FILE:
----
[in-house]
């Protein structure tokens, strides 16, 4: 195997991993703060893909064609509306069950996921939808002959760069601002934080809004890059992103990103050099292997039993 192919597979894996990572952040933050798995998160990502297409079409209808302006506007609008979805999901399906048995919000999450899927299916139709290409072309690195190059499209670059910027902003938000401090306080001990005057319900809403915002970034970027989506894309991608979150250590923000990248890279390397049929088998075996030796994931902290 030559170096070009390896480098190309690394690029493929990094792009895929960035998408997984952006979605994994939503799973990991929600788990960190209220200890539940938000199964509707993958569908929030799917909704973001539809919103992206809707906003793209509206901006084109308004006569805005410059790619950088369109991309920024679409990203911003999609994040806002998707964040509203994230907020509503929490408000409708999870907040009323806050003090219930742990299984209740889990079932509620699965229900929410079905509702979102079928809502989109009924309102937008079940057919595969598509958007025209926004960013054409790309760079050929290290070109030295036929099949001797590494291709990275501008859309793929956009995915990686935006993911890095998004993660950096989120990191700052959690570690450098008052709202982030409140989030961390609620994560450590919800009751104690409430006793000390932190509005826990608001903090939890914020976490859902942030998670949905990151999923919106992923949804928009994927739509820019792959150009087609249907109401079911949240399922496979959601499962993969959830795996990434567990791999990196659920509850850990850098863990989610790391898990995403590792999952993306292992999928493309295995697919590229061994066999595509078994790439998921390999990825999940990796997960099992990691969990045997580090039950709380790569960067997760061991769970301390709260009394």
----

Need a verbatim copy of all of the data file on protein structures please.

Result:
[in-house]
């Protein structure tokens, strides 16, 4: 195997991993703060893909064609509306069950996921939808002959760069601002934080809004890059992103990103050099292997039993 192919597979894996990572952040933050798995998160990502297409079409209808302006506007609008979805999901399906048995919000999450899927299916139709290409072309690195190059499209670059910027902003938000401090306080001990005057319900809403915002970034970027989506894309991608979150250590923000990248890279390397049929088998075996030796994931902290 030559170096070009390896480098190309690394690029493929990094792009895929960035998408997984952006979605994994939503799973990991929600788990960190209220200890539940938000199964509707993958569908929030799917909704973001539809919103992206809707906003793209509206901006084109308004006569805005410059790619950088369109991309920024679409990203911003999609994040806002998707964040509203994230907020509503929490408000409708999870907040009323806050003090219930742990299984209740889990079932509620699965229900929410079905509702979102079928809502989109009924309102937008079940057919595969598509958007025209926004960013054409790309760079050929290290070109030295036929099949001797590494291709990275501008859309793929956009995915990686935006993911890095998004993660950096989120990191700052959690570690450098008052709202982030409140989030961390609620994560450590919800009751104690409430006793000390932190509005826990608001903090939890914020976490859902942030998670949905990151999923919106992923949804928009994927739509820019792959150009087609249907109401079911949240399922496979959601499962993969959830795996990434567990791999990196659920509850850990850098863990989610790391898990995403590792999952993306292992999928493309295995697919590229061994066999595509078994790439998921390999990825999940990796997960099992990691969990045997580090039950709380790569960067997760061991769970301390709260009394």